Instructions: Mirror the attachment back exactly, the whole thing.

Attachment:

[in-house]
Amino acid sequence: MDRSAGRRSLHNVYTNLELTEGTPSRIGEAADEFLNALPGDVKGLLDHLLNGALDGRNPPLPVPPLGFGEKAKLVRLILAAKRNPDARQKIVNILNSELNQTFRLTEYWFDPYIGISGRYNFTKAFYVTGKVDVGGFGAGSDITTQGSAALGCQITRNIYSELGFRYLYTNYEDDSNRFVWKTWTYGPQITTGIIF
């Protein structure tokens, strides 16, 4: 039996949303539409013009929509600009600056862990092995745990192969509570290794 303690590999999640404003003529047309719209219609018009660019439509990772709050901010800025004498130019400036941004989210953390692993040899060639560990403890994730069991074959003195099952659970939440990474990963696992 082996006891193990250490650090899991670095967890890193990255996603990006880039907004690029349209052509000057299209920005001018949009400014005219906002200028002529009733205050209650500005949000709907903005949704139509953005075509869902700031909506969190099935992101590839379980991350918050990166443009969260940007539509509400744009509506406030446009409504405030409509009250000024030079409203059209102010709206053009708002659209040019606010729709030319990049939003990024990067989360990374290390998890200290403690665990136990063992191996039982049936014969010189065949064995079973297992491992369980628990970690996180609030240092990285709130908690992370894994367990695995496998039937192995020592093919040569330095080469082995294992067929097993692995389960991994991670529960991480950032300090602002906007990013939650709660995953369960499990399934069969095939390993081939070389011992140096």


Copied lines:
[in-house]
Amino acid sequence: MDRSAGRRSLHNVYTNLELTEGTPSRIGEAADEFLNALPGDVKGLLDHLLNGALDGRNPPLPVPPLGFGEKAKLVRLILAAKRNPDARQKIVNILNSELNQTFRLTEYWFDPYIGISGRYNFTKAFYVTGKVDVGGFGAGSDITTQGSAALGCQITRNIYSELGFRYLYTNYEDDSNRFVWKTWTYGPQITTGIIF
């Protein structure tokens, strides 16, 4: 039996949303539409013009929509600009600056862990092995745990192969509570290794 303690590999999640404003003529047309719209219609018009660019439509990772709050901010800025004498130019400036941004989210953390692993040899060639560990403890994730069991074959003195099952659970939440990474990963696992 082996006891193990250490650090899991670095967890890193990255996603990006880039907004690029349209052509000057299209920005001018949009400014005219906002200028002529009733205050209650500005949000709907903005949704139509953005075509869902700031909506969190099935992101590839379980991350918050990166443009969260940007539509509400744009509506406030446009409504405030409509009250000024030079409203059209102010709206053009708002659209040019606010729709030319990049939003990024990067989360990374290390998890200290403690665990136990063992191996039982049936014969010189065949064995079973297992491992369980628990970690996180609030240092990285709130908690992370894994367990695995496998039937192995020592093919040569330095080469082995294992067929097993692995389960991994991670529960991480950032300090602002906007990013939650709660995953369960499990399934069969095939390993081939070389011992140096």